• This guy closed his twitter account and wouldn’t respond to Patrick at Popehat when he tweeted him multiple times. It’s confirmed that he suspended students for what they wrote about him, on Twitter, and his explanation of how free speech works would be ridicule worthy even without the rest of the story.

  3. So now, not only are our educators morons teaching kids to be morons, they think they can break the law with impunity and get away with it? It was a scandal in another jurisdiction that the school-supplied laptops were in fact being used to monitor kids in their HOMES! Don’t trust ;em, don’t respect ’em, and thank my lucky stars that my son didn’t attend public school. A horror for the millions of families that have no other choice.

    BTW, there is now a free home-schooling website that apparently is GREAT, and is not dependent on parent actually being the teachers. It’s nationally accredited through high school, the kids interact with the teachers on the website, and it could save your kids from the idiots that run the public schools, and from the Federally-mandated “Core Curriculum” that teaches the test and nothing else. Google “home schooling” and you’ll find too much, but you can find it. It may be as simple as ‘homeschool.com,’ but I’m not sure…

  4. Idiocy defined
    Chip McGee has not a clue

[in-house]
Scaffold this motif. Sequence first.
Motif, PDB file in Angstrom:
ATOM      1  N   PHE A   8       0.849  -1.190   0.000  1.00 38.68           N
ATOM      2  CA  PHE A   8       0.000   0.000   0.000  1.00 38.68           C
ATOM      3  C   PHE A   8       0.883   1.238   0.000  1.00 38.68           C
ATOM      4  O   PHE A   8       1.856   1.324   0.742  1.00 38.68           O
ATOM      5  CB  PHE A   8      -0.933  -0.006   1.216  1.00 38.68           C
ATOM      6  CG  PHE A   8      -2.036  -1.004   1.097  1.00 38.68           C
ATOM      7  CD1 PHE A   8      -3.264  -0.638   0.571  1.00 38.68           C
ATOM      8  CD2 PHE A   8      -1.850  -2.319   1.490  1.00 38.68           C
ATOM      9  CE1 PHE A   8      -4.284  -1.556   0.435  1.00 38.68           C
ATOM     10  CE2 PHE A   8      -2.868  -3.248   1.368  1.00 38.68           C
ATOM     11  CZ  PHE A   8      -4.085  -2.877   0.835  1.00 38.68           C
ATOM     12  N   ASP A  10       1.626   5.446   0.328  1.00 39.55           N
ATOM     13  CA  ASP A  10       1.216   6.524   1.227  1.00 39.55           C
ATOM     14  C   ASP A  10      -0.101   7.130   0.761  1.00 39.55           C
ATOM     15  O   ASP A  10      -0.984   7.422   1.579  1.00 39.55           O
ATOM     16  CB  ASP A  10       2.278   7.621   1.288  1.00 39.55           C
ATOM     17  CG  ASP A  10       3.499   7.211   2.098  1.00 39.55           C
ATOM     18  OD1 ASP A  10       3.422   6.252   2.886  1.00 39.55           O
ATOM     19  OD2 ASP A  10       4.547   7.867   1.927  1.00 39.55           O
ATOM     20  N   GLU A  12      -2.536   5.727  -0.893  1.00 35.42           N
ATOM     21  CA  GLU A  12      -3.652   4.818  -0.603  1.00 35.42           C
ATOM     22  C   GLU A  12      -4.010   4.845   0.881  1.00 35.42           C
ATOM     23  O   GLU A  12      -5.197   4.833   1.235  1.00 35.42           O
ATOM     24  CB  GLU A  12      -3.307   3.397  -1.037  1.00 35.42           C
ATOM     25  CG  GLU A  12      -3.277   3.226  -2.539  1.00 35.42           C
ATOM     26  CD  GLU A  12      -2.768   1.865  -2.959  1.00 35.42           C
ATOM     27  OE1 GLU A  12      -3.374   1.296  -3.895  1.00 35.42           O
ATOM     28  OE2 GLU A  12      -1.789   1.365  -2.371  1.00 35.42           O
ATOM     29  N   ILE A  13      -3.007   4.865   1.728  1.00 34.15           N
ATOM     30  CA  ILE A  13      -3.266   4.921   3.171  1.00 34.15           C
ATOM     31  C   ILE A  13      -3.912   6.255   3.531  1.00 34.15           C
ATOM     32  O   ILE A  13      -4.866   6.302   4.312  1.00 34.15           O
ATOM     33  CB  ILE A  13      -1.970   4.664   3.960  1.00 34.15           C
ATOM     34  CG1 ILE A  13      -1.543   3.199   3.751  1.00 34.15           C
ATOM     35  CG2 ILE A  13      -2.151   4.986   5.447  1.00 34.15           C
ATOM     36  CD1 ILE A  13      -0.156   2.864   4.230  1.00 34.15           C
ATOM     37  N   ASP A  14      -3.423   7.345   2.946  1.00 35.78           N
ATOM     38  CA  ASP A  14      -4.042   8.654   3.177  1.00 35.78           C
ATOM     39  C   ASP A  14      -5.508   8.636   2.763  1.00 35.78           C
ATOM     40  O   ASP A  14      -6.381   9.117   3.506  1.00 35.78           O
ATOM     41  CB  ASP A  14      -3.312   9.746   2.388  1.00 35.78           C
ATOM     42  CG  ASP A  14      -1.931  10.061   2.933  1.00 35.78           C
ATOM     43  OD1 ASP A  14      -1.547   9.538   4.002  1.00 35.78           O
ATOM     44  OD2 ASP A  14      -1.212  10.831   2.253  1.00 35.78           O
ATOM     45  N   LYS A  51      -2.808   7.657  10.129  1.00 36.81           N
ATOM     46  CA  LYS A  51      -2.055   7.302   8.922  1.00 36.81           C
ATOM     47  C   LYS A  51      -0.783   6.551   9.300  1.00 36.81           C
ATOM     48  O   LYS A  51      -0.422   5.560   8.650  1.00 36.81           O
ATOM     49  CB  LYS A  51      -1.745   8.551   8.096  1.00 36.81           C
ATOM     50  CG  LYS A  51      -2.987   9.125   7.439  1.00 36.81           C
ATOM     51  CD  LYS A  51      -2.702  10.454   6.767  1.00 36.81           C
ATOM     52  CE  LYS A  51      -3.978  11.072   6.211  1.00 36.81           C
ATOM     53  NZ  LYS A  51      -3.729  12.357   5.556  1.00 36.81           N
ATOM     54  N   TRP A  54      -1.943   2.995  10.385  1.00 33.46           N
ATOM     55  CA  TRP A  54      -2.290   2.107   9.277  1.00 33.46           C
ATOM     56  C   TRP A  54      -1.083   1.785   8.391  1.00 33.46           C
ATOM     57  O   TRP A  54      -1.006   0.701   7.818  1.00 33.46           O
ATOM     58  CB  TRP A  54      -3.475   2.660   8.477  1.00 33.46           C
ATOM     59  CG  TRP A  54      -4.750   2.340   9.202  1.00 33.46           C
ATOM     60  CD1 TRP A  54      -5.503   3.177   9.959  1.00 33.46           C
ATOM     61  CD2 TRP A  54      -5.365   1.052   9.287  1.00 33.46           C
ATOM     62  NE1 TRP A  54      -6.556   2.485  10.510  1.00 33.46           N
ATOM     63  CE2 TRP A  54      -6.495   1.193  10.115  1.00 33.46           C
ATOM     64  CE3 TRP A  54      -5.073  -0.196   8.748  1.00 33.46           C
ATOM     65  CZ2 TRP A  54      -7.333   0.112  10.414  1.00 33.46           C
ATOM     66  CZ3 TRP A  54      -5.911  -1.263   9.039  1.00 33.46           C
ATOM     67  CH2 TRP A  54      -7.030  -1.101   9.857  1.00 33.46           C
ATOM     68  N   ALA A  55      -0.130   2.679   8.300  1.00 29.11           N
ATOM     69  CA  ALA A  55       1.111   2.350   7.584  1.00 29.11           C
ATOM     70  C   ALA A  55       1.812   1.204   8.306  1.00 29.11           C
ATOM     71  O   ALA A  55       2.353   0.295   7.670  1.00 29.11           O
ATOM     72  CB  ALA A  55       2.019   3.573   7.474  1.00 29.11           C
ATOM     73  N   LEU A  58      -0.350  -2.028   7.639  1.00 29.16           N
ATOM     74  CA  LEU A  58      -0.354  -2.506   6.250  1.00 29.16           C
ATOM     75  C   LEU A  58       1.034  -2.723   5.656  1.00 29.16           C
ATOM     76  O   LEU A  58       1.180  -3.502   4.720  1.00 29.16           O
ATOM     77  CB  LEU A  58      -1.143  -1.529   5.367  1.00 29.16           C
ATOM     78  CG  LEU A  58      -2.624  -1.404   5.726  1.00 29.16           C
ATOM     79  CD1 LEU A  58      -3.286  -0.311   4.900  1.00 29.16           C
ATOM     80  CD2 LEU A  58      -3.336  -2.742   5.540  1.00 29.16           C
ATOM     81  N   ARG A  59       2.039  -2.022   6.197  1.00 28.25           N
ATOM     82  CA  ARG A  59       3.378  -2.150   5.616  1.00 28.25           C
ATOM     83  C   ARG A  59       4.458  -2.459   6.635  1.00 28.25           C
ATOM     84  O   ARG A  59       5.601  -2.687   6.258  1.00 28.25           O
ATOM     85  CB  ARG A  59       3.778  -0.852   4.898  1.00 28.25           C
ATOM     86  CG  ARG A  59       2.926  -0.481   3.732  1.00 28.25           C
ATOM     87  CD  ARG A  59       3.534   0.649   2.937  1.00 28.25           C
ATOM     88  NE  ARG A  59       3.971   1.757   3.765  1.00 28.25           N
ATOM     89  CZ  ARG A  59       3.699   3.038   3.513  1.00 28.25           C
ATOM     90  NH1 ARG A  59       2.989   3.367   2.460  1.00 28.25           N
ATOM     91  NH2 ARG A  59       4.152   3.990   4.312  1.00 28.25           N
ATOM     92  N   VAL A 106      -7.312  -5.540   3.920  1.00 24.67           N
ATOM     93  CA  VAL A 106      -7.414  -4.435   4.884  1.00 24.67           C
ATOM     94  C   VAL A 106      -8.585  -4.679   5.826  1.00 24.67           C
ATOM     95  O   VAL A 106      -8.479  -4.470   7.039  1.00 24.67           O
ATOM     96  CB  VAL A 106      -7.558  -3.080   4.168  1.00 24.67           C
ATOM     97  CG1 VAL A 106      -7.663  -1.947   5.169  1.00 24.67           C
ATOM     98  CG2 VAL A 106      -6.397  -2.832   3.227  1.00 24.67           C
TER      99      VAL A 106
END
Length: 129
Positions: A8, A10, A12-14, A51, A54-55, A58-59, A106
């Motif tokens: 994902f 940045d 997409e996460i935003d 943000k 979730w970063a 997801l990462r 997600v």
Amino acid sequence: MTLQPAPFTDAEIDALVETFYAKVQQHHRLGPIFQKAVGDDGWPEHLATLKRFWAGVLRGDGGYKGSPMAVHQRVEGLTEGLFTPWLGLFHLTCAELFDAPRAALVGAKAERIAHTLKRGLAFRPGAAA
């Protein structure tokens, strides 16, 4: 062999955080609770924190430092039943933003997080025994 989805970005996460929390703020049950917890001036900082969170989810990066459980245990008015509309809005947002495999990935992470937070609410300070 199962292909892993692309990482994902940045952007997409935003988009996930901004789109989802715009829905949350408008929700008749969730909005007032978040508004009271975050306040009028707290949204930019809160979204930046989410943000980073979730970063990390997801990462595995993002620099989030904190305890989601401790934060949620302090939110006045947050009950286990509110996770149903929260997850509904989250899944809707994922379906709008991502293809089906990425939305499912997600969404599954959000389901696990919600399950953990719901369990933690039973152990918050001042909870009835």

Tar and feathers earned

    Not the best haiku I guess… but it’s less than 140 characters. I decline to sign on to twitter even for a worthy cause though.

  5. I agree completely that, as far as the Constitution goes, the kids can say whatever they want, and Mr. McGee was legally wrong to suspend them. Fine.

    But having a tweet insults day is encouraging the participants to act like sophomores, literally. I am a high school teacher. I love sophomores for lots of reasons, and they sure can be creative. But they are not a group of people whose behavior and judgement I would emulate.

    Freedom means being able to say yes, but it also means being able to say no. Just because they can say offensive things to Mr. McGee (about a snow day?) doesn’t mean that they should.

    My question is this – how would you handle this situation in a Constitutionally correct way? Is it possible to honor the free speech, and still teach a lesson about being classy?

    What will happen now, and encouraged with the tweet an insult day, is that these kids will have their behavior glorified and championed. They will get their fifteen minutes of fame when their parents sue the school district, Mr. McGee will get fired, and they will become Heroes of the Constitution.

    The whole thing seems yucky to me…and I apologize for my lack of eloquence….

    • Not just legally wrong. ETHICALLY wrong. It’s an abuse of power.

      Free speech should be glorified and championed, and incompetent educators who teach otherwise should be widely and effectively shown the error of their ways.e

      • OK…ethically wrong and an abuse of power. I agree with that.